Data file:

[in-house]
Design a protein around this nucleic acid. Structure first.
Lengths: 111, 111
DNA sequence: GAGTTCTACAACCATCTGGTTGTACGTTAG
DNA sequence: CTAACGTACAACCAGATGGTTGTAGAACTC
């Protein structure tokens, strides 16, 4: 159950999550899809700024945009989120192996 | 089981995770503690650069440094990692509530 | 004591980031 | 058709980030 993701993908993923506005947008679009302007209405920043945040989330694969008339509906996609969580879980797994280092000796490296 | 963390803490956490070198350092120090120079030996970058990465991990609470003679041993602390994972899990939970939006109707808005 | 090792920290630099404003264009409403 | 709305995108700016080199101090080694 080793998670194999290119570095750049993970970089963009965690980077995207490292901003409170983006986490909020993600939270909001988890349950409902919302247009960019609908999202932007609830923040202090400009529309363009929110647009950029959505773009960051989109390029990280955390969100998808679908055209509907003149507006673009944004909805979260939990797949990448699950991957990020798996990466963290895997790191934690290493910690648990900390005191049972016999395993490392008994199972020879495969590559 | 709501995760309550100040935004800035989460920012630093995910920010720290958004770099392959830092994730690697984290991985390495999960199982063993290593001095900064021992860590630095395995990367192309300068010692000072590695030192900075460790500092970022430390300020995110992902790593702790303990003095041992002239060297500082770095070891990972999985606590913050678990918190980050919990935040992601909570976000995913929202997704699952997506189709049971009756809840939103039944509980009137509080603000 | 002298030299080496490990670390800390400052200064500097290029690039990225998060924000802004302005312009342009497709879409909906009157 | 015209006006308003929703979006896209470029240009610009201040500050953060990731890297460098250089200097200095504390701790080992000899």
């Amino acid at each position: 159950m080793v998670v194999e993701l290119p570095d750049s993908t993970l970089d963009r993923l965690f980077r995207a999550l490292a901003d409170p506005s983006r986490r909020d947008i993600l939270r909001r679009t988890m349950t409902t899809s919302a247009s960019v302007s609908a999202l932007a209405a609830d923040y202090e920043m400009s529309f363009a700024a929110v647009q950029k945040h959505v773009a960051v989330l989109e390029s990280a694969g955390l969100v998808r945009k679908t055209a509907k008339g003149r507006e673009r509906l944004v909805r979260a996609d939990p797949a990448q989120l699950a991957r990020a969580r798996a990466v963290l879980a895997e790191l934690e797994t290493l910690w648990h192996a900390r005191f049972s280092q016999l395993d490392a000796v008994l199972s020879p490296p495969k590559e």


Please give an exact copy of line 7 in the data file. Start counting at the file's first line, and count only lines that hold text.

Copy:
């Amino acid at each position: 159950m080793v998670v194999e993701l290119p570095d750049s993908t993970l970089d963009r993923l965690f980077r995207a999550l490292a901003d409170p506005s983006r986490r909020d947008i993600l939270r909001r679009t988890m349950t409902t899809s919302a247009s960019v302007s609908a999202l932007a209405a609830d923040y202090e920043m400009s529309f363009a700024a929110v647009q950029k945040h959505v773009a960051v989330l989109e390029s990280a694969g955390l969100v998808r945009k679908t055209a509907k008339g003149r507006e673009r509906l944004v909805r979260a996609d939990p797949a990448q989120l699950a991957r990020a969580r798996a990466v963290l879980a895997e790191l934690e797994t290493l910690w648990h192996a900390r005191f049972s280092q016999l395993d490392a000796v008994l199972s020879p490296p495969k590559e």